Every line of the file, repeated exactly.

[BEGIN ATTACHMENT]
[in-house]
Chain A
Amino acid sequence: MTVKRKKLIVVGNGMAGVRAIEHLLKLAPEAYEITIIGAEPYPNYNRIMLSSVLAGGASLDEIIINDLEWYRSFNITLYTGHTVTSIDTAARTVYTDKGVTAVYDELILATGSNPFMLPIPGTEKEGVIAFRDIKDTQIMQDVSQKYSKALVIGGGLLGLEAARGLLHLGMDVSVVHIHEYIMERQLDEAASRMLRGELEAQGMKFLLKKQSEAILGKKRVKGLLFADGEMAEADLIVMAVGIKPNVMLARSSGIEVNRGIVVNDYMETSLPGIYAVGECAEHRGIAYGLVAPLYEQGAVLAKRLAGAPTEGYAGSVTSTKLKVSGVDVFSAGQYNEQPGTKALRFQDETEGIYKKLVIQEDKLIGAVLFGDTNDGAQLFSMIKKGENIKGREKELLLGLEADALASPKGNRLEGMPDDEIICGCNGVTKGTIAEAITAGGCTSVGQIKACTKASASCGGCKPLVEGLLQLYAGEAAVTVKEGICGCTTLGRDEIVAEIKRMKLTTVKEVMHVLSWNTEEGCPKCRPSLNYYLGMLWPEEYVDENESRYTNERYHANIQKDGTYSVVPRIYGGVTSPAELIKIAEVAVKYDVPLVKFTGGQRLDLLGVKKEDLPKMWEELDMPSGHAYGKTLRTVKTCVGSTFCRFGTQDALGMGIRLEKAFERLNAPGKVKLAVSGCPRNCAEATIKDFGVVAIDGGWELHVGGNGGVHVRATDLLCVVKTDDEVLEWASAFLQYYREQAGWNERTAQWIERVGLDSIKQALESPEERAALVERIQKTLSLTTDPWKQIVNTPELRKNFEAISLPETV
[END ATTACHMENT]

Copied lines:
[in-house]
Chain A
Amino acid sequence: MTVKRKKLIVVGNGMAGVRAIEHLLKLAPEAYEITIIGAEPYPNYNRIMLSSVLAGGASLDEIIINDLEWYRSFNITLYTGHTVTSIDTAARTVYTDKGVTAVYDELILATGSNPFMLPIPGTEKEGVIAFRDIKDTQIMQDVSQKYSKALVIGGGLLGLEAARGLLHLGMDVSVVHIHEYIMERQLDEAASRMLRGELEAQGMKFLLKKQSEAILGKKRVKGLLFADGEMAEADLIVMAVGIKPNVMLARSSGIEVNRGIVVNDYMETSLPGIYAVGECAEHRGIAYGLVAPLYEQGAVLAKRLAGAPTEGYAGSVTSTKLKVSGVDVFSAGQYNEQPGTKALRFQDETEGIYKKLVIQEDKLIGAVLFGDTNDGAQLFSMIKKGENIKGREKELLLGLEADALASPKGNRLEGMPDDEIICGCNGVTKGTIAEAITAGGCTSVGQIKACTKASASCGGCKPLVEGLLQLYAGEAAVTVKEGICGCTTLGRDEIVAEIKRMKLTTVKEVMHVLSWNTEEGCPKCRPSLNYYLGMLWPEEYVDENESRYTNERYHANIQKDGTYSVVPRIYGGVTSPAELIKIAEVAVKYDVPLVKFTGGQRLDLLGVKKEDLPKMWEELDMPSGHAYGKTLRTVKTCVGSTFCRFGTQDALGMGIRLEKAFERLNAPGKVKLAVSGCPRNCAEATIKDFGVVAIDGGWELHVGGNGGVHVRATDLLCVVKTDDEVLEWASAFLQYYREQAGWNERTAQWIERVGLDSIKQALESPEERAALVERIQKTLSLTTDPWKQIVNTPELRKNFEAISLPETV